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Old Apr 20, 2004, 3:10 AM   #1
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Default s5000 vs s3000 decision - HELP ME!

Looking at buying a camera and I think I've narrowed it down to a Fuji Finepix... I was originally very keen on the S5000 which I can pick up for $599 (AUS$) but I've just spotted the S3000 for $399...

I was thinking for $200 I could sacrifice the 10x optical zoom (the s3000 has only got 6x) but what else would I be sacrificing??
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Old Apr 20, 2004, 9:40 AM   #2
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Default Re: s5000 vs s3000 decision - HELP ME!

Quote:
I was thinking for $200 I could sacrifice the 10x optical zoom (the s3000 has only got 6x) but what else would I be sacrificing
Mainly, you would be sacrificing the hi ISO capability of the S5000. The S5000 featurs very low image noise for a small digicam at ISO 400. I don't believe the S3000 even has an ISO400, or ISO200 even.

-Chris
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Old Apr 21, 2004, 6:32 PM   #3
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Okay leaning towards the 5000 then...


Any other advice would be very helpful! Thanks heaps!
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Old Apr 21, 2004, 9:31 PM   #4
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Quote:
Originally Posted by hackphotographer
Okay leaning towards the 5000 then...


Any other advice would be very helpful! Thanks heaps!
Advice of what nature? You would have to be very specific in your inquiry.

-Chris
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Old Apr 21, 2004, 10:12 PM   #5
hst
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Default Go for the 5000

The 3000 is a basic entry level camera. The shot to shot delays are long. The low light level focus is poor due to no focus assist lamp. Of course the 5000 has an awsome lense. I don't own either so take my comments with a grain of salt. This is just from what I have read of the cameras and the comments I have heard in the past from reading other forums, users of the S5000 are very happy. I have a S7000 and its the best all around camera I have owned so I am sold on Fuji.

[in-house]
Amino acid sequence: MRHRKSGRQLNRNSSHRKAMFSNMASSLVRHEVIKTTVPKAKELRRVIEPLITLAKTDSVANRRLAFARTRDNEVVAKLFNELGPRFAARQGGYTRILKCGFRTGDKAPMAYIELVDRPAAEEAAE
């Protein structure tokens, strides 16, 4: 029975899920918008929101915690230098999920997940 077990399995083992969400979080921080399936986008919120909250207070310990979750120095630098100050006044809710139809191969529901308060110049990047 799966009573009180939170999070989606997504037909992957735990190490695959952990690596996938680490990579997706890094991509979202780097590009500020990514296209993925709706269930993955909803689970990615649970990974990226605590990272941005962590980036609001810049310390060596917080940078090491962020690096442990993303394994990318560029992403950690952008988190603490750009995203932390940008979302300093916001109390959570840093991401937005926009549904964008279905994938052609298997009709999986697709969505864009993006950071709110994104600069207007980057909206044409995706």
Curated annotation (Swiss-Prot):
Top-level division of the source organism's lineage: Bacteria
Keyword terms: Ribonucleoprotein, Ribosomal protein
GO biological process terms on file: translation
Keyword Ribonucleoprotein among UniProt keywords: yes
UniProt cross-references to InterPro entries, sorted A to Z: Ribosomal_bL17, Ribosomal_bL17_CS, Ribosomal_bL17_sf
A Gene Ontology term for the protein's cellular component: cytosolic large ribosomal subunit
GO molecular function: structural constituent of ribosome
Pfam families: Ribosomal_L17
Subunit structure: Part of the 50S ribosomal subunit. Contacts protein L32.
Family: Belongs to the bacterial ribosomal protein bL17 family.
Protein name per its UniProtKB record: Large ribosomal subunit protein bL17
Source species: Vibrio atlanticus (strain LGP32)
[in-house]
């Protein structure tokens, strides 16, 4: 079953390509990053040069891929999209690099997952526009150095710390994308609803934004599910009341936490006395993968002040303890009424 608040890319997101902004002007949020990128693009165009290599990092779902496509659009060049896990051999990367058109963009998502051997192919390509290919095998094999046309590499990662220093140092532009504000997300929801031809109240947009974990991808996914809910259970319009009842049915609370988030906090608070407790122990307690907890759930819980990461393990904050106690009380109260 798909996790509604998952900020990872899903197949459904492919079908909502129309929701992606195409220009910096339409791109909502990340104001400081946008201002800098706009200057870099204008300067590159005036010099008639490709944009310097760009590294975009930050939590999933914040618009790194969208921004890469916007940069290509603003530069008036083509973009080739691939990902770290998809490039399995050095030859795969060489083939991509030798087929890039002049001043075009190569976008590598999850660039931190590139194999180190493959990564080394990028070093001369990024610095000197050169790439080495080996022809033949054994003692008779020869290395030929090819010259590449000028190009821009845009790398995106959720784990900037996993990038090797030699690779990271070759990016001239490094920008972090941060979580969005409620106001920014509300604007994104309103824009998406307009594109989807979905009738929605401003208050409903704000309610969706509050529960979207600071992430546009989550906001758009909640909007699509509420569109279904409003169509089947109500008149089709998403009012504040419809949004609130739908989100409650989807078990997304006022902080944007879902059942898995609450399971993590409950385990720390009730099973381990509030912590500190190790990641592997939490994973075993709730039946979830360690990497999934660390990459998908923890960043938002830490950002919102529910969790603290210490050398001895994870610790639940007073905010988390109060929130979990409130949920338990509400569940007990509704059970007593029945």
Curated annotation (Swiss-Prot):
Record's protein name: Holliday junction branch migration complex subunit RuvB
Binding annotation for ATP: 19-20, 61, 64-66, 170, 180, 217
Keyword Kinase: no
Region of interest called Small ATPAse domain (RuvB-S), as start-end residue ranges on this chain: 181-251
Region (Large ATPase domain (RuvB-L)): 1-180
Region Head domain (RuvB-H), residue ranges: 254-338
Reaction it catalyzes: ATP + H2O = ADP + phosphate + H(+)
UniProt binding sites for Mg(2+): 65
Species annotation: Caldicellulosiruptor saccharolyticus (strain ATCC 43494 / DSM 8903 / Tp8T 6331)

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Old Apr 21, 2004, 10:33 PM   #6
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I looked at both and I ended up buying the S5000, for a lot of the reasons HST listed. Both of them have good lenses, but the S5000 has a lot of advantages over the S3000 besides the lens. If you can swing it, it's a lot nicer camera.
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Old Apr 21, 2004, 11:01 PM   #7
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Thanks again for the advice everyone!

Now I've decided that if I'm to go for either of these it will be the 5000 but I'm getting lots of reports that it's not a good camera for low-light conditions.

I'm a voluntary photographer for a website called InTheMix.com.au which entails a lot of shooting in dark smoky clubs... I'm thinking maybe I need to be steering my research towards other brands now.

Anyone got any ideas of an equivalent camera which will work better in these conditions?

Or does anyone disagree that this camera is no good for these conditions?
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Old Apr 22, 2004, 5:10 AM   #8
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Now I've decided that if I'm to go for either of these it will be the 5000 but I'm getting lots of reports that it's not a good camera for low-light conditions.
You would have to be more specific. The S5000 has the lowest noise of any consumer camera in it's class at ISO400. Other brands have ISO200 that is usuasually near useless, with ISO400 that when available, is untolerable. Maybe you are referring to focus issues?

A better alternative is the S7000. It has a usable, rather low noise ISO800 that works at 3MP. The S20 is also an option, and has ISO800 with low noise for a consumer model. It should be considered that Fuji cameras are usually 1/3 of a stop less sensitive then their ISO numbers imply, according to many tests comparing to indepedant meter readings.

Your best option, though, is to get a DSLR camera with an APS sized sensor. In addition, a DSLR has reliable phase-detection AF system important for low light focusing. It would be very wise to consider a DSLR, IMO, if your primary work is in low ambient light with no flash. I recommend the Nikon D70 and Canon DRebel(though I highly favor the D70 over teh DREBEL), as they are the lowest price DSLRs on the market currently. Factor in the price of a high quality, low aperature lens to get the most out of the camera, though. The kit lenses do not qualify as they are either (1) to dark and/or(2) inadequate focal length to get good shots of the action. If you are able to get close to the subjects you may be able to get away with the kit lenses, though.

Quote:
Or does anyone disagree that this camera is no good for these conditions?
As I said, if your budget allows, a DSLR would be optimal. Fuji S7000 and S20 are the second best options, consideirng low light performance.

-Chris
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